The interest rate for unpaid property taxes on real property, which includes land and buildings, is much higher at a whopping 9%. If your personal property taxes for cars and other assessed items remain unpaid by October after the initial due date, they’ll be sent to the local newspaper for publication. You’ll be assessed a newspaper publication fee on top of your tax bill.
Additionally, some Kansas counties will notify the sheriff’s office if your personal property taxes become delinquent. The sheriff’s office will issue a property tax warrant, which will then be processed by the district court clerk. 
This property tax warrant is sometimes called a tax lien, and it gives the government legal authority to collect your tax debt, plus other charges due as a result of your delinquent tax status. Those charges could include accrued interest, treasurer’s fees, court costs, and newspaper publication costs.
Let Jerry find your price in only 45 seconds
No spam · No long forms · No fees
Find insurance savings

How to avoid property tax in Kansas

Unless you plan to lead a life free of major possessions, you probably won’t be avoiding annual property taxes in Kansas anytime soon. Of course, if the vehicle or property in question belongs to a non-taxpaying entity, like a nonprofit organization or public school, then property taxes won’t be billed. 
Otherwise, most individuals who own cars or real property in Kansas will have to pay property taxes. But, there are state programs offering relief for low-income and elderly property owners:
  • Homestead Property Tax Refund: This rebate program will refund homeowners a portion of their property taxes and is based on income. 
  • Senior or Disabled Veteran Property Tax Refund: Disabled American veterans and seniors can apply for a portion of their property taxes to be refunded.
  • SAFESR Property Tax Relief: SAFESR, or Safe Senior, is a program that will refund as much as 75% of the property taxes paid by low-income seniors in Kansas.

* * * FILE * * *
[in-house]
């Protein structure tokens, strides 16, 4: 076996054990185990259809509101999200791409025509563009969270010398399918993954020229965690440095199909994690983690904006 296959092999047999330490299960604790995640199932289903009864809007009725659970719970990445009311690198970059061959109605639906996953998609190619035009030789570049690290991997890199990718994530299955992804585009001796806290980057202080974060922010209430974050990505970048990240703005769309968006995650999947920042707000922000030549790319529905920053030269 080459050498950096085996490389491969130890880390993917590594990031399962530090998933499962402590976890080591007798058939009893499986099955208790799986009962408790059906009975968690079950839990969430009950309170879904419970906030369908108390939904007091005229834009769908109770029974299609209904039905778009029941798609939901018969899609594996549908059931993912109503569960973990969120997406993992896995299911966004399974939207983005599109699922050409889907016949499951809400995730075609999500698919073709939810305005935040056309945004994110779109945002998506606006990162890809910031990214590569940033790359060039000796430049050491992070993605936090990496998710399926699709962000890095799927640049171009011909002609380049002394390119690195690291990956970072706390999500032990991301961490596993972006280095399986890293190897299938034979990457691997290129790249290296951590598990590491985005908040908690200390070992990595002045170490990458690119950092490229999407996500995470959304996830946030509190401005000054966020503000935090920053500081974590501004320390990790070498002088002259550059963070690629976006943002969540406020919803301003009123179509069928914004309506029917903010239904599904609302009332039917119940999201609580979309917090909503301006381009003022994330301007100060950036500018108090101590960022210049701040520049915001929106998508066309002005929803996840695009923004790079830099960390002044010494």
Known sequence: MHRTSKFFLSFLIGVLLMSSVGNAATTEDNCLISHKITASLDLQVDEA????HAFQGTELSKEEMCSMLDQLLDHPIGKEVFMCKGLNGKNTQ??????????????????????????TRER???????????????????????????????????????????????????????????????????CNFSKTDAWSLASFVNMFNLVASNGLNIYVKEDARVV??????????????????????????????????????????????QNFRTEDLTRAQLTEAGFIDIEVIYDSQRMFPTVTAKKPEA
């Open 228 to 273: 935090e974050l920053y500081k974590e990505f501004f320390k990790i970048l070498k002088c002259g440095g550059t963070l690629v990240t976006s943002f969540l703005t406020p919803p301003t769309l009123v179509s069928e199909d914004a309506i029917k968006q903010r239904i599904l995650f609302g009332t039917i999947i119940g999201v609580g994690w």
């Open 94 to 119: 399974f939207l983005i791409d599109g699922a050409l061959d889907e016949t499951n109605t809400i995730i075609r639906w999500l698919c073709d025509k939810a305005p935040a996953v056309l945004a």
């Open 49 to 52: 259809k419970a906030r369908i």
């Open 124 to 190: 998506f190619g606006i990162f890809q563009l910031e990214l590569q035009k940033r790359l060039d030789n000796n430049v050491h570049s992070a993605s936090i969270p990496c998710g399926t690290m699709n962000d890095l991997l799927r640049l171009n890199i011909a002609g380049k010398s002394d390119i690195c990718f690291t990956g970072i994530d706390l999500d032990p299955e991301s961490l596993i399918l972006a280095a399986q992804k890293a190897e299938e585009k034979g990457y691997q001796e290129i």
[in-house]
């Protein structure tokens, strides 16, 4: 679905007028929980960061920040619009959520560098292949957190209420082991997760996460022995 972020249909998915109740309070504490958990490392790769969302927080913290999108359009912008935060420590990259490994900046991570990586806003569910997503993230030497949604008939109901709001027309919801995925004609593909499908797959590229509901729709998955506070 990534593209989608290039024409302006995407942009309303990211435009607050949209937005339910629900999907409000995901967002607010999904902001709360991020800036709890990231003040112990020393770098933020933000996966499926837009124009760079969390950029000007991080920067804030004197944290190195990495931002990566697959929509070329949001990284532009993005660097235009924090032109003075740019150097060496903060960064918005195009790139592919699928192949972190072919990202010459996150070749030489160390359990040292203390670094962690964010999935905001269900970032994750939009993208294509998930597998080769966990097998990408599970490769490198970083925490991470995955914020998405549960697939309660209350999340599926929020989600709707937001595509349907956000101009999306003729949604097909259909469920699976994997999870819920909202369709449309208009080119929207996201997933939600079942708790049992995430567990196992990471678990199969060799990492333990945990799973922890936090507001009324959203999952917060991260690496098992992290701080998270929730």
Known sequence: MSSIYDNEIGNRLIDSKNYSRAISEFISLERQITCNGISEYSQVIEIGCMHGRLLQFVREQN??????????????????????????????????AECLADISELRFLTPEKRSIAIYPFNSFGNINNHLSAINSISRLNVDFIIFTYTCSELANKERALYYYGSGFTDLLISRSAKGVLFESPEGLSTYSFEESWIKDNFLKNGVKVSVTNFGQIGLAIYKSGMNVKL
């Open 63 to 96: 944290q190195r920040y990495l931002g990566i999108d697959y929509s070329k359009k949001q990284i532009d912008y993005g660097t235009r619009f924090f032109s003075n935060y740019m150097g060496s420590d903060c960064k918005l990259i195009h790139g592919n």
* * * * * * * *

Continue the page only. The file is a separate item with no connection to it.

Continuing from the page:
You can get more information on these programs from your county tax assessor’s office. 
Another option to cut your property tax bill is applying for a tax abatement. Tax abatements are tax refund or reduction programs aimed at stimulating local economic growth. 
That means if your personal or real property is used for a new business or an expansion of an existing business, you can apply for a tax abatement to your county’s board of commissioners or your city government. Check out the Kansas Department of Revenue’s
property tax abatement
webpage for more information on who qualifies. 

How to save on car insurance in Kansas

If you’re stressed about saving enough to pay your tax bill in Kansas, we can help. After all, saving money is what
specializes in! 
Jerry is a
trustworthy insurance shopping super app
that helps users save more than just time by comparison shopping for them. It also helps people save money! In fact, the average Jerry user saves $800+ a year on car insurance!
It only takes about 45 seconds to get started, and once Jerry is in your corner, we stay in your corner. Jerry will automatically shop for more car insurance savings every six months, so you’ll always know if there’s a better deal for you! 
saved me $100 a month! They canceled my current policy (even getting me a refund) and switched me to Progressive. All very simple and easy!” —Tara Y.
Haven’t shopped for insurance in the last six months? There might be hundreds $$$ in savings waiting for you.
Judith switched to Progressive
icon savingsSaved $725 annually
Alexander switched to Travelers
icon savingsSaved $834 annually
Annie switched to Nationwide
icon savingsSaved $668 annually
Reduce your monthly car payments in minutes?
Find out if Jerry can reduce your payments by an average of $150/month
Check your rate!

Easiest way to compare and buy car insurance

No long forms
No spam or unwanted phone calls
Quotes from top insurance companies
Find insurance savings